|Panama Canal Department|
Panama Canal Department Shoulder Sleeve Insignia
|Active||26 June 1917–1947|
|Role||Defense of the Panama Canal Zone|
|Part of||War Department|
First U.S. Army presence
The Isthmian Canal Commission and the Panama Canal Guard of 1904–1914 both played a pivotal role in the construction and early defense of the Canal. With the active support and encouragement of the United States, Panama declared its independence from Colombia on 3 Nov. 1903 and that same month, the United States received the right to build and administer the Panama Canal.
On 8 Mar. 1904, President Theodore Roosevelt appointed an Isthmian Canal Commission (ICC), composed primarily of Army officers, to govern the Canal Zone and to report directly to the Secretary of War.
In 1907, President Roosevelt appointed Army Lt. Col. George W. Goethals to the post of Chief Engineer of the ICC, officially turning construction of the Canal into a military project. To more adequately protect the Canal from external threats, the Army conducted an on-site survey in 1910 and began building defensive fortifications in 1911—to include Fort De Lesseps, Fort Randolph, and Fort Sherman on the Atlantic side, and Fort Amador and Grant on the Pacific side. On 4 Oct. 1911, a regiment of the U.S. Army 10th Infantry arrived at Camp E.S. Otis, on the Pacific side of the isthmus. They would form the nucleus of a mobile force that grew to include other infantry, cavalry, engineer, signal, and field artillery units, as well as a Marine battalion that had protected the Canal since 1904. Together these troops, under the control of the ICC, were known as the Panama Canal Guard.
Panama Canal Department
The Panama Canal Department was created as a separate command of the United States Army on 26 June 1917 by separation from the Eastern Department. The department was initially headquartered at Ancón, relocating to Quarry Heights on 1 April 1920. It was responsible for the defense of the Canal Zone, including land areas, coastal defenses, harbor defenses, air defenses, and sea defenses within medium bomber range. The department was also responsible for the laying, maintaining, and clearing of harbor defense minefields that were to be placed at the canal entrance in event of a war. In event of a war, it was to defend against landings at either end of the Canal, coordinating with forces of the United States Navy.
The department controlled the major land force in the Canal Zone, the Panama Canal Division, which was activated in 1921. The division included two infantry brigades: the 19th, responsible for the Atlantic side of the canal, and the 20th, responsible for the Pacific side. The department included a separate command, the Panama Coast Artillery District, which was to provide coast defense against seaborne invasion.
On 10 February 1941, the Caribbean Defense Command was established as a theater command responsible for tactical control of the Panama Canal and Puerto Rican Departments, as well as bases in the Caribbean, eventually taking control of air and naval forces as well. It was co-located with the department headquarters at Quarry Heights, under the command of the department commander. During World War II, the department reached its peak strength in January 1943, when 68,000 men were under its control. On 1 November 1947 it was replaced by United States Army Caribbean, part of the joint Caribbean Command.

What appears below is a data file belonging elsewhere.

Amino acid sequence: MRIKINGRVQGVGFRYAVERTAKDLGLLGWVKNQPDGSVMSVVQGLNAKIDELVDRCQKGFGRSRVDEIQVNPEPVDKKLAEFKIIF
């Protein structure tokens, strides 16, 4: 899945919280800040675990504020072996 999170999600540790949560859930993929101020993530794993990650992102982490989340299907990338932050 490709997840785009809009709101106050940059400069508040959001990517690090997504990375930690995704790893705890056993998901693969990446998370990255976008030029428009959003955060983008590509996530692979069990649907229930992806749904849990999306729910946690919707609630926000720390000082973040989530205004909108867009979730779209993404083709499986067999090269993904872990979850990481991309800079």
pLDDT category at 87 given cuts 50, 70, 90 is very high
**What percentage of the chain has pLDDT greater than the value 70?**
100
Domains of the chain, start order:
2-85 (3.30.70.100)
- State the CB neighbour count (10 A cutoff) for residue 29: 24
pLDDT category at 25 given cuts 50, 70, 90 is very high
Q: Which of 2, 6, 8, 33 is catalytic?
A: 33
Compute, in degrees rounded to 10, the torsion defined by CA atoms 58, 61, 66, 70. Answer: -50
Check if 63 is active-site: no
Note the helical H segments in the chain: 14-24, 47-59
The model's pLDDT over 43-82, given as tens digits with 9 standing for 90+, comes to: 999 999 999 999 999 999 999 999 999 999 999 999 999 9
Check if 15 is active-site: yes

- Brigadier General Edward H. Plummer (July–August 1917)
- Brigadier General Adelbert Cronkhite (August 1917)
- Colonel George F. Landers (August–October 1917)
- Major General W.W Graves (October 1917–February 1918)
- Major General Richard M. Blatchford (February 1918–April 1919)
- Brigadier General Chase W. Kennedy (18 April 1919–23 May 1921)
- Brigadier General Edwin B. Babbitt (24 May–22 October 1931)
- Major General Samuel D. Sturgis Jr. (22 October 1921–19 September 1924)
- Major General William Lassiter (19 September 1924–10 October 1926)
- Major General Charles Martin (10 October 1926–1 October 1927)
- Major General William S. Graves (2 October 1927–1 April 1928)
- Major General Malin Craig (1 April 1928–10 August 1930)
- Major General George L. Irwin (10 August–24 November 1930)
- Major General Preston Brown (24 November 1930–4 September 1933)
- Major General Harold B. Fiske (5 September 1933–10 November 1935)
- Major General Lytle Brown (10 November 1935–29 July 1936)
- Major General Henry W. Butner (30 July 1936–10 February 1937)
- Brigadier General Frank W. Rowell (10 February–12 April 1937)
- Major General David L. Stone (12 April 1937–7 January 1940)
- Lieutenant General Daniel Van Voorhis (7 January 1940–17 September 1941)
- Lieutenant General Frank M. Andrews (17 September 1941–9 November 1942)
- Lieutenant General George H. Brett (November 1942–October 1945)
- Lieutenant General Willis D. Crittenberger (October 1945–November 1947)
- Global Security
- Almanac of Theodore Roosevelt
- Clay 2010a, p. 91.
- "Previous Commanders". USSOUTHCOM. Archived from the original on 4 November 2002. Retrieved 30 September 2016.
- "U.S. Southern Command History". USSOUTHCOM. 11 September 2006. Archived from the original on 17 October 2008. Retrieved 1 February 2017.
- Clay 2010a, p. 92.
- Clay, Steven E. (2010a). US Army Order of Battle 1919–1941 (PDF). 1. Fort Leavenworth, Kansas: Combat Studies Institute Press. ISBN 9780984190140.